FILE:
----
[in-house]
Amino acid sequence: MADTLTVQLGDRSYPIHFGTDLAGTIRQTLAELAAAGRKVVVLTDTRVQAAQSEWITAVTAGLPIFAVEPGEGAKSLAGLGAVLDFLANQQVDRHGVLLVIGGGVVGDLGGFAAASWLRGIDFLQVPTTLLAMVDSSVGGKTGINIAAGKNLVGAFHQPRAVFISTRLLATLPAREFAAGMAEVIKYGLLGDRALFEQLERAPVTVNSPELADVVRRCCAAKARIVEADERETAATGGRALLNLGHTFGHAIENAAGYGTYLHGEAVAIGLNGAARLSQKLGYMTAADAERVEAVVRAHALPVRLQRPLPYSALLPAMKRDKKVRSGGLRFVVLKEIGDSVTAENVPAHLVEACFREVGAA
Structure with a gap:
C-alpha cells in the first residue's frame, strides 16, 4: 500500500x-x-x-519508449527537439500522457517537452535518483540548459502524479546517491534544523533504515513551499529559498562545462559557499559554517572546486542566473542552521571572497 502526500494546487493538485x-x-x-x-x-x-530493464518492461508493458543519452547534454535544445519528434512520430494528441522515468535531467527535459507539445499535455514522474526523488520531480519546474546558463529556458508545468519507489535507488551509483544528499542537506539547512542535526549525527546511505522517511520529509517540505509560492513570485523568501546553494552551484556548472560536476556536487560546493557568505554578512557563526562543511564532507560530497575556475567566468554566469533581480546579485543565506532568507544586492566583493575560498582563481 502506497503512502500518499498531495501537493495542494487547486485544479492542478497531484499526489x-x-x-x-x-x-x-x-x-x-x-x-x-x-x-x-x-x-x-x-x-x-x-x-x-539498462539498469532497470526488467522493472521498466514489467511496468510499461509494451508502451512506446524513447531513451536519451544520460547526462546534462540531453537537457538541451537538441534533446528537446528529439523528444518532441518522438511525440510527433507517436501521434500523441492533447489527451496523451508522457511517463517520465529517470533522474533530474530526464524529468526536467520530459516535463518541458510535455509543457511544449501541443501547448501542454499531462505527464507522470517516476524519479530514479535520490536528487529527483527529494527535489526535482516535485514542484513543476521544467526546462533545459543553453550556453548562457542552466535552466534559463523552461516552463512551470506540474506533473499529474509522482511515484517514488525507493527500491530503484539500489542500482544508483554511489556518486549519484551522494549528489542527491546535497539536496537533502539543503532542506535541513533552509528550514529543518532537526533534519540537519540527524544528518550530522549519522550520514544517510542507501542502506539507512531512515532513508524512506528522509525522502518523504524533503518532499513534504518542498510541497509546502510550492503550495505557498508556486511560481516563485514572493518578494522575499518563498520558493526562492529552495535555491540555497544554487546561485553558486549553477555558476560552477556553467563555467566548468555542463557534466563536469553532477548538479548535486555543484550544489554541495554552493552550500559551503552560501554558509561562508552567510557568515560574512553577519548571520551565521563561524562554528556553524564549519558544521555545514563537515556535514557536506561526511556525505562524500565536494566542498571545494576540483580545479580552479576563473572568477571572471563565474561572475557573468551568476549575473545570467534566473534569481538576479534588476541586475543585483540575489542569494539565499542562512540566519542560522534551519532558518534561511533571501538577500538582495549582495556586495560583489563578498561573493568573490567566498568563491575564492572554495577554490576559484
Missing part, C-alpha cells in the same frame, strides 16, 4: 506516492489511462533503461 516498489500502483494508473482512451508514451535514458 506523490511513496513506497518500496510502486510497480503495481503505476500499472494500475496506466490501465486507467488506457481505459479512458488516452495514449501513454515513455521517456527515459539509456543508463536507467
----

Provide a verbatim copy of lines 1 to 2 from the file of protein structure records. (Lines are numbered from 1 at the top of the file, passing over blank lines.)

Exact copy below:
[in-house]
Amino acid sequence: MADTLTVQLGDRSYPIHFGTDLAGTIRQTLAELAAAGRKVVVLTDTRVQAAQSEWITAVTAGLPIFAVEPGEGAKSLAGLGAVLDFLANQQVDRHGVLLVIGGGVVGDLGGFAAASWLRGIDFLQVPTTLLAMVDSSVGGKTGINIAAGKNLVGAFHQPRAVFISTRLLATLPAREFAAGMAEVIKYGLLGDRALFEQLERAPVTVNSPELADVVRRCCAAKARIVEADERETAATGGRALLNLGHTFGHAIENAAGYGTYLHGEAVAIGLNGAARLSQKLGYMTAADAERVEAVVRAHALPVRLQRPLPYSALLPAMKRDKKVRSGGLRFVVLKEIGDSVTAENVPAHLVEACFREVGAA